Former Boston Red Sox slugger David Ortiz was elected to baseball’s Hall of Fame on Tuesday, as tarnished greats Barry Bonds and Roger Clemens missed their final chance to enter the sport’s pantheon.
Red Sox star Ortiz was the lone player elected into the Hall following a vote by members of the Baseball Writers’ Association of America.
Ortiz, 46, was picked as an entrant on 77.9 per cent of ballots, passing the required 75 per cent threshold.
Ortiz, a three-time World Series champion and 10-time All-Star, clubbed 541 home runs during his career, 17th in the all-time rankings.
But while Ortiz was ushered into the Hall of Fame at the first go, the sun set on the faint chances of Bonds and Clemens making it.
San Francisco Giants icon Bonds, the all-time home run leader with 762 homers, was once again overlooked on his 10th and final ballot for eligibility.
Former New York Yankees ace pitcher Clemens also missed out.
Bonds and Clemens are both widely believed to have been spurned by Hall of Fame voters because of their association with baseball’s steroid era.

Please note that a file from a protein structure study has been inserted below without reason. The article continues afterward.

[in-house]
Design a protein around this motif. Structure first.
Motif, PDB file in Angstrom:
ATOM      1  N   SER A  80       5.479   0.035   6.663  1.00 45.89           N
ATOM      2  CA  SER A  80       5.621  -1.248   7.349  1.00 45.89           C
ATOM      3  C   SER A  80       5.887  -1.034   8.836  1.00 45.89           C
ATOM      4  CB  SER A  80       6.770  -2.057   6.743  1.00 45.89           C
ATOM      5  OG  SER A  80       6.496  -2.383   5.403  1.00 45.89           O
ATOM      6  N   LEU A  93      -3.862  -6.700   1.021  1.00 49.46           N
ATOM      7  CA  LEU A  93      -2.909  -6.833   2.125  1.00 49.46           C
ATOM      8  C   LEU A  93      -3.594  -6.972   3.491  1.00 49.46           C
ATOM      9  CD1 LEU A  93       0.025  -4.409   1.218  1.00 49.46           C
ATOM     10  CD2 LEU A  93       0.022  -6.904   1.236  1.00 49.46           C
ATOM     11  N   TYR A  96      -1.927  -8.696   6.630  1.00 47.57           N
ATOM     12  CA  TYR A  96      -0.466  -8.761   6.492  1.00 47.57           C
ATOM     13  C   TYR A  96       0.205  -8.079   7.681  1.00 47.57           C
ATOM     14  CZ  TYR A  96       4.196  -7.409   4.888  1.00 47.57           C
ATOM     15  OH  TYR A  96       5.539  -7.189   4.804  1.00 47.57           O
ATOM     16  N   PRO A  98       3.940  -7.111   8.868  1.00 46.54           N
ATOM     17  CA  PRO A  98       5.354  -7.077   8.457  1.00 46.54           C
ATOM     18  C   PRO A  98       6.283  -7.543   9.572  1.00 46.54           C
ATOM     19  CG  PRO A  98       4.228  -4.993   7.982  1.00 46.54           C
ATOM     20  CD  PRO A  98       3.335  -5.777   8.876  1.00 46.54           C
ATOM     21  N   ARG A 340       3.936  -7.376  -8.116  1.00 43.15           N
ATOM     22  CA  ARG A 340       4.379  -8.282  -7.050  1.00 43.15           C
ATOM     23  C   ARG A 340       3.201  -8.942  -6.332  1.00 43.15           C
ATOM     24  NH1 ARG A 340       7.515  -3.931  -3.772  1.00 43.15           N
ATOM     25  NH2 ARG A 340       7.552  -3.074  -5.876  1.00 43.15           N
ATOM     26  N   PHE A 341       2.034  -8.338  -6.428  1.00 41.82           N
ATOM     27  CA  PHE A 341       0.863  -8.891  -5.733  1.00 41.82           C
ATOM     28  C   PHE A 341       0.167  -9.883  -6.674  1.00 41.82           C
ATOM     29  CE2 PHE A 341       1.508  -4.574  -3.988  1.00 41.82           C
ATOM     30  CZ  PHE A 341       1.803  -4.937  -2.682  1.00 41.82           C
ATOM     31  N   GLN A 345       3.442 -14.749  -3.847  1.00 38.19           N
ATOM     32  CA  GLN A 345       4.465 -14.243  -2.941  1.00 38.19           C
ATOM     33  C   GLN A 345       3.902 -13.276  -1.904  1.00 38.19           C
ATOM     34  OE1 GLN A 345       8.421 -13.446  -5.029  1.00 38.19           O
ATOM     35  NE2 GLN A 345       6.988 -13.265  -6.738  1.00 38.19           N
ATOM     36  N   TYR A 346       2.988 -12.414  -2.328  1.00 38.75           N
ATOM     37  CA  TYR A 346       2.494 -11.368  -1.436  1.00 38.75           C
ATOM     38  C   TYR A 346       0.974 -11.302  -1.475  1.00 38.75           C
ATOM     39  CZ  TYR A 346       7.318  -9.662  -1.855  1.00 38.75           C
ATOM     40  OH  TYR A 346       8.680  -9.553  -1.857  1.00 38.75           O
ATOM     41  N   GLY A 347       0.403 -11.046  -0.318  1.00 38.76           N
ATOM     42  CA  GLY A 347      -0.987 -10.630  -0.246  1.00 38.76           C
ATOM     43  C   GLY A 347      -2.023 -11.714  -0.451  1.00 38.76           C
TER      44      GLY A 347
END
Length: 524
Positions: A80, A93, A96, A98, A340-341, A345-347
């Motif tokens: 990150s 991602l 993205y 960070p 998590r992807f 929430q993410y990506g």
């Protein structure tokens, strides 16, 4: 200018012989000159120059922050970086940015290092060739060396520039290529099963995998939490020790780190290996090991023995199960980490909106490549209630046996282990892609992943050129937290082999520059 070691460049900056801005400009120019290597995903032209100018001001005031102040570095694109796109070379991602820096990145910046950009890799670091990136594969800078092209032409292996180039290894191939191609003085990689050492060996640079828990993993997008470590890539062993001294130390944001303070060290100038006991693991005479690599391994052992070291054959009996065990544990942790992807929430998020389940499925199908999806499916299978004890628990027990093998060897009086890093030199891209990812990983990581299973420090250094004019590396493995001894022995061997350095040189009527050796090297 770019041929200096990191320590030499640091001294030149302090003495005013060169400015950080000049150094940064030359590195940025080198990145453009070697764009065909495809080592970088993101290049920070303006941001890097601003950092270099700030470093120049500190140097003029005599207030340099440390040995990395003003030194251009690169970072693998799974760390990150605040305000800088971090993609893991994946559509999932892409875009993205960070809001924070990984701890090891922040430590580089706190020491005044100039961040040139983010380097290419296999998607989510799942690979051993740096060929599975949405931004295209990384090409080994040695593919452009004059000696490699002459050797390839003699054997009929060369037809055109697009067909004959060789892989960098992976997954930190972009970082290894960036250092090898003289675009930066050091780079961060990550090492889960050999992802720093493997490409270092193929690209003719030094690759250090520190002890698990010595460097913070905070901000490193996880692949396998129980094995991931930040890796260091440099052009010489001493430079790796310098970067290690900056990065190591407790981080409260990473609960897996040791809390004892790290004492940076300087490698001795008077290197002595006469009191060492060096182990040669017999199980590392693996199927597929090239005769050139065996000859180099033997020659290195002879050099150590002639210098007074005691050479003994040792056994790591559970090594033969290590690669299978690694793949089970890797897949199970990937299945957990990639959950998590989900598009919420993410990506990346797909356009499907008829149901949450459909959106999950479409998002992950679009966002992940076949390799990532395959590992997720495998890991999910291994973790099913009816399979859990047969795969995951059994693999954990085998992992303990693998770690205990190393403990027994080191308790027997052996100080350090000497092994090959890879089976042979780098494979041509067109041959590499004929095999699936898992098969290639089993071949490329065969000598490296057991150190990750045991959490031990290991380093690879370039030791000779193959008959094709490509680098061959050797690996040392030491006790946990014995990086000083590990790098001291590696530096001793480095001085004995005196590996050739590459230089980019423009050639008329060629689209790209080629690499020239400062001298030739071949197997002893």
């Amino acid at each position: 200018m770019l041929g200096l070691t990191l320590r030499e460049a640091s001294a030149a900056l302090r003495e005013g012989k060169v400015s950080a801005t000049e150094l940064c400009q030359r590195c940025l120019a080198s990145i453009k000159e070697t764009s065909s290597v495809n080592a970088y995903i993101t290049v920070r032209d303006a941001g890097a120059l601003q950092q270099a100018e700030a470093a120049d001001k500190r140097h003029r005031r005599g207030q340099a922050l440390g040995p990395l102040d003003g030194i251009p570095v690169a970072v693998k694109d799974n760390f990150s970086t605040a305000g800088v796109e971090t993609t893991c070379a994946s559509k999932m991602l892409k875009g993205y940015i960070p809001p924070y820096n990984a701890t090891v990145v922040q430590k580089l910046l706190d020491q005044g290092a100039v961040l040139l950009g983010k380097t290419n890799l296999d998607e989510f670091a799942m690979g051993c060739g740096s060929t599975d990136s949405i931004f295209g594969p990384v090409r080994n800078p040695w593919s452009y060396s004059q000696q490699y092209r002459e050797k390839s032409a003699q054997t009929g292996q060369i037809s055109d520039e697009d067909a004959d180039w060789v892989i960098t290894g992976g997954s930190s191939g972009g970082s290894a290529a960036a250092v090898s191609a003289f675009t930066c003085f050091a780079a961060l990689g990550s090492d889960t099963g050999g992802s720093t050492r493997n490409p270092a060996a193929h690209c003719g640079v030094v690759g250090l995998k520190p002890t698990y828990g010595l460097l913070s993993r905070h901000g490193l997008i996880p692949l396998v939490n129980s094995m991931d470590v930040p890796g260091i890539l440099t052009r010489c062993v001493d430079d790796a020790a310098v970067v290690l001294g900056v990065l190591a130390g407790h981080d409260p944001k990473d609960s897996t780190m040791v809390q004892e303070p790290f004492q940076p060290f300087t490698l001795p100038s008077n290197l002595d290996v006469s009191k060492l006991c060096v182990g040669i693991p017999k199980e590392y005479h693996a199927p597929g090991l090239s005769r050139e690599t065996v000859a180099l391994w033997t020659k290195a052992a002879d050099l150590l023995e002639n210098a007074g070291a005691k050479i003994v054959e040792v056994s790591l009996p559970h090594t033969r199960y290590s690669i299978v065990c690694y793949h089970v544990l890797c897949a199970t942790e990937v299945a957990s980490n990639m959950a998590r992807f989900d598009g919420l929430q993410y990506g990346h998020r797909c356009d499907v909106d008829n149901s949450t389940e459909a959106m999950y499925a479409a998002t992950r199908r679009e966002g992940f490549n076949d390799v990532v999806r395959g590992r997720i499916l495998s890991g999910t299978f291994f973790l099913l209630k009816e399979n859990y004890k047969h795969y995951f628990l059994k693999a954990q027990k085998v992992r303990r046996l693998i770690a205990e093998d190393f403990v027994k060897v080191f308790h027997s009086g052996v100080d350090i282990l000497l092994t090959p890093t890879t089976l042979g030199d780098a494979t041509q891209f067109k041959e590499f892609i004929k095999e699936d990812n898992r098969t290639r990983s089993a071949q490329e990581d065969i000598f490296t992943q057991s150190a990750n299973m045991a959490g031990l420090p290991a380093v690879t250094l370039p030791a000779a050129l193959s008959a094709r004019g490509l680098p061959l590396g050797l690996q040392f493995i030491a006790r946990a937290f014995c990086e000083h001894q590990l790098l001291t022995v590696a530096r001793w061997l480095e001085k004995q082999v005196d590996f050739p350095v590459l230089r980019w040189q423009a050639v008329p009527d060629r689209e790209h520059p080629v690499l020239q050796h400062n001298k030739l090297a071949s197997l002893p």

Bonds was overlooked after polling only 260 votes, or 66 per cent, while Clemens was just behind with 257 votes, or 62.5 per cent.
Seven-time Cy Young winner Clemens, who was named dozens of times in the 2007 Mitchell Report on the use of performance-enhancing drugs in US baseball, released a statement on social media saying he has no regrets about missing out on the Hall.
“I put the HOF in the rear view mirror ten years ago,” he said. “I didn’t play baseball to get into the HOF. I played to make a generational difference in the lives of my family.”
Curt Schilling, another controversial candidate who last year requested to be removed from consideration in this year’s voting, nevertheless polled 231 votes, or 58.6 per cent.
A year ago, three-time World Series-winning pitcher Schilling topped the voting with 285, or 71.1 per cent.
Schilling has found himself shunned following his involvement in controversies that have seen him accused of racism and intolerance.
He also tweeted support for backers of former President Donald Trump after they stormed the US Capitol last year.